The Ultimate Guide to Kanban
Today, almost every organization and team uses some kind of digital workflow to organize their work. The demand for practical ways to manage digital work has led to the emergence of many new tools that aim to streamline processes while also making them more visible.
Among these tools is a collaborative workflow management system called Kanban. Kanban is a process management approach that focuses on visualizing work, limiting WIP (work in progress), and identifying and addressing bottlenecks to improve workflow. In this article, we will review the main principles of Kanban and how it can be used in your organization or team.
What is Kanban?
Kanban is a methodology used to visualize and manage workflow. It was originally invented to visualize Toyota’s production line. This approach encourages using a visual system that makes work visible, limits WIP (work in progress), and identifies and addresses bottlenecks to improve workflow. Kanban is a Japanese word that translates to “signboard” or “billboard.”
The Kanban approach is often considered a form of hybrid workflow management (WFM) that incorporates elements from Lean, Six Sigma, and other systems and methodologies. Kanban is often used in conjunction with other systems and process improvements, including Agile and DevOps.
Kanban core principles
Visualize workflow - Visualizing workflow is essential to Kanban. In Kanban, you will see that work is visualized as cards, which move from left to right as it progresses through a workflow. This allows teams to see what is in progress, what’s been completed, and what is yet to be done. Integrated tool - Kanban is integrated into a digital tool, which means that its functionality is built into the application.
The tool is usually web-based, so you can access it wherever you are. You can also collaborate with other users through the tool. Integrated board - The Kanban board is also integrated into the Kanban tool. Since Kanban is designed to be an integrated workflow management system, in many cases, the board is a core part of the workflow.
This allows team members to move work items around the Kanban board at any time. Work in progress (WIP) - One of the core principles of Kanban is that it focuses on keeping WIP low. The recommended WIP for any Kanban workflow is one, but most Kanban systems allow less than one. This means that you should have only one work item in progress at a time.
Kanban Best Practices
Visualization - Visualization is a key element of Kanban. Visualizing your workflow through a Kanban board is a great way to see where your bottlenecks are and where you could optimize your work. Limiting WIP - Limiting WIP is another important principle of Kanban. This means having no more than one item in progress at a time.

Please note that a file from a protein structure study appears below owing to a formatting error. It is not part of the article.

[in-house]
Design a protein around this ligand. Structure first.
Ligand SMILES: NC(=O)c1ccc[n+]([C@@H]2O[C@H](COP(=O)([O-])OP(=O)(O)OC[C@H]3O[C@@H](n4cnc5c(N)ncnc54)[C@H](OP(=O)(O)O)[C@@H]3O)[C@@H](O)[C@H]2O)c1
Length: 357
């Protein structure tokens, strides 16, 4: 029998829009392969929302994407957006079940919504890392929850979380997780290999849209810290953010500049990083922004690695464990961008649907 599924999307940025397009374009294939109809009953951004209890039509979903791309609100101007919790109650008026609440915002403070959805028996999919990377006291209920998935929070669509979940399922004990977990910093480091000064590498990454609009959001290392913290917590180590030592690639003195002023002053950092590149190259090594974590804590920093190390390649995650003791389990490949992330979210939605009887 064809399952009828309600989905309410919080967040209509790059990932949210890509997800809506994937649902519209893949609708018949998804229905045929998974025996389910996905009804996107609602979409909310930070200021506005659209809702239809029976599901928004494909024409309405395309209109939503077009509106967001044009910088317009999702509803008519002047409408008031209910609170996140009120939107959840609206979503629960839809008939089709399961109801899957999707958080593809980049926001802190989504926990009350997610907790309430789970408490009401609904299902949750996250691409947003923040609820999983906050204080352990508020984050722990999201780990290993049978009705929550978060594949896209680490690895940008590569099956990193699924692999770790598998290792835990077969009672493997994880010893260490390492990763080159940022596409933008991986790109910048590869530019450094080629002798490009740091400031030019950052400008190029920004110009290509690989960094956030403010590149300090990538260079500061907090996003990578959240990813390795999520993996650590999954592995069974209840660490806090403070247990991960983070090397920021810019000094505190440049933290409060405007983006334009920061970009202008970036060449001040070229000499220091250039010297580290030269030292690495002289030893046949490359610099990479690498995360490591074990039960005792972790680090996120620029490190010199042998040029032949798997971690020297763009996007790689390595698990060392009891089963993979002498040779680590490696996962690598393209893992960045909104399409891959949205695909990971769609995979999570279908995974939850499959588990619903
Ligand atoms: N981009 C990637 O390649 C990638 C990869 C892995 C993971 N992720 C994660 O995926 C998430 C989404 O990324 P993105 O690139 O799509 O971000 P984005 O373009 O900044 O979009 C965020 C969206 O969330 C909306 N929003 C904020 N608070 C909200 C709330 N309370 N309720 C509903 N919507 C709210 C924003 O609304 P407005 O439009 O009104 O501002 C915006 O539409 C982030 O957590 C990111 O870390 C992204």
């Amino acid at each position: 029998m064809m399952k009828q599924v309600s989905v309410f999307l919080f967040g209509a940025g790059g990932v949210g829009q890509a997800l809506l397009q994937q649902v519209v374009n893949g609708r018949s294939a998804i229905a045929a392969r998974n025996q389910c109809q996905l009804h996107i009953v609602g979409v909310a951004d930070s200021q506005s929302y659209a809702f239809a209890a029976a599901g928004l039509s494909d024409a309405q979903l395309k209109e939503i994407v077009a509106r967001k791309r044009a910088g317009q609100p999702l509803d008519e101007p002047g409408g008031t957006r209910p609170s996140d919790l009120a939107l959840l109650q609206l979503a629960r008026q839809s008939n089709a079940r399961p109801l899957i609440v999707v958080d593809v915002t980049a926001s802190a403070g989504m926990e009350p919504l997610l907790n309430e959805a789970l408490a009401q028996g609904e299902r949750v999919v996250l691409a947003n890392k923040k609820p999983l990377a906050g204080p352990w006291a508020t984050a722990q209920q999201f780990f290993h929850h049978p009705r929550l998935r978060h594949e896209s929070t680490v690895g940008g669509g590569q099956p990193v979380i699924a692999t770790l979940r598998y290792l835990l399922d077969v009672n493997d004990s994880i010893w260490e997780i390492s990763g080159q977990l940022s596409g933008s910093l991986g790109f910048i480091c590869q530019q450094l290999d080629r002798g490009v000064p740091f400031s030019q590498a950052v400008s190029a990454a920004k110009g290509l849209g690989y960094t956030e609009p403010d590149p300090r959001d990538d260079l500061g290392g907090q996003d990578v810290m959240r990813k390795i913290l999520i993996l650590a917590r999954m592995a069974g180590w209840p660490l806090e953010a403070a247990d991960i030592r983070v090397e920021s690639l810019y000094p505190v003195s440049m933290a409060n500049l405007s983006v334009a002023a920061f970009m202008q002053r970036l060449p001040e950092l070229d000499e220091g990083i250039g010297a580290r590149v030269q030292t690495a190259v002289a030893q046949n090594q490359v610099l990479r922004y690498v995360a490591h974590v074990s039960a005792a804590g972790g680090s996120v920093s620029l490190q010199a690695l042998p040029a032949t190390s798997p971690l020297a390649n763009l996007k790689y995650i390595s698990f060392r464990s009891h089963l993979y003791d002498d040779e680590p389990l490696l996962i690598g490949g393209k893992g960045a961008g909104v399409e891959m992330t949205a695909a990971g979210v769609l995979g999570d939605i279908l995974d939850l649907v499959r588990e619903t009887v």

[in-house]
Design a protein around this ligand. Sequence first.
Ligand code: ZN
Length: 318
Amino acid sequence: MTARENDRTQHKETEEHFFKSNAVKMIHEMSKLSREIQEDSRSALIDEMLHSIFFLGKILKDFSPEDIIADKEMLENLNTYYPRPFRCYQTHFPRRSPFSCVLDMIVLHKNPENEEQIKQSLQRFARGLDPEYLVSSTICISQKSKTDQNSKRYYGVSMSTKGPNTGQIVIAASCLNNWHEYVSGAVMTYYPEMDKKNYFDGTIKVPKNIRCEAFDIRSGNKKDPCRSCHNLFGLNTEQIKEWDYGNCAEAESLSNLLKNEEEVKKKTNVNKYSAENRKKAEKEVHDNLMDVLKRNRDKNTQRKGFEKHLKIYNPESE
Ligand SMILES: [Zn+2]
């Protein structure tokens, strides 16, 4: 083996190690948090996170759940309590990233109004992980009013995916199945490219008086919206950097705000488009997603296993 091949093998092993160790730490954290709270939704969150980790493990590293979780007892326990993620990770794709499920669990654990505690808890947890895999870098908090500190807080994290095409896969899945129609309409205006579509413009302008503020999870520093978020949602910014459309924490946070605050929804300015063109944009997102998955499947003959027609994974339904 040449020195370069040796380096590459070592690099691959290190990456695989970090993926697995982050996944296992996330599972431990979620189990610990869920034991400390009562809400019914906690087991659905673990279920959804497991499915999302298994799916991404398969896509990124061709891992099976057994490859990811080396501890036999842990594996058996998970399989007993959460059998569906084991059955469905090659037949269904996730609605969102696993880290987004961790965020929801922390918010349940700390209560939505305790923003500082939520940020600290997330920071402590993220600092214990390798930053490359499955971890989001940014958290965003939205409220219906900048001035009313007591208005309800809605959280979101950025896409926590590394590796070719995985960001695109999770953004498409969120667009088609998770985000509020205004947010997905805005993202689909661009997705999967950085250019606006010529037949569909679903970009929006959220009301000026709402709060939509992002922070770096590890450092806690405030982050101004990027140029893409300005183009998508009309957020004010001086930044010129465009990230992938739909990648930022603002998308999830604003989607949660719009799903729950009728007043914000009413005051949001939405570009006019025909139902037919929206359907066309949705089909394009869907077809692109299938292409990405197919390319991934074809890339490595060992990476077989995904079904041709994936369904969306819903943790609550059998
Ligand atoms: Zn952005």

It is important to stick to this rule because it helps avoid creating bottlenecks and overall workflow stalling. Standardized work - Standardized work is a key to success with Kanban. It means that work items have consistent descriptions, that work quantities are well-defined, and that time estimates are accurate. This helps you visualize work from beginning to end and helps avoid work being put into the wrong columns on your board.
Kanban for digital teams
Traditional Kanban has been focused on visualizing workflows in manufacturing and other process-driven industries. But Kanban can also be applied to digital projects, such as software development. This approach is often referred to as digital Kanban and has some specific characteristics that distinguish it from traditional Kanban.
You can use digital Kanban for software development, product design, content marketing, and other projects where there is an emphasis on continuous improvement. Digital Kanban has several core principles and best practices that are different from traditional Kanban. These principles and best practices are created to work well with digital work.
Kanban is a visual approach to workflow management that has been used by many organizations and teams to improve how they plan, prioritize, and execute their work. It is the practice of limiting work in progress, visualizing the progress of that work on a board, and improving your process by addressing bottlenecks.
Kanban is a great approach to apply to your work to help you focus, prioritize, and stay ahead of deadlines.
Learn more about Kanban views in SmartSuite here.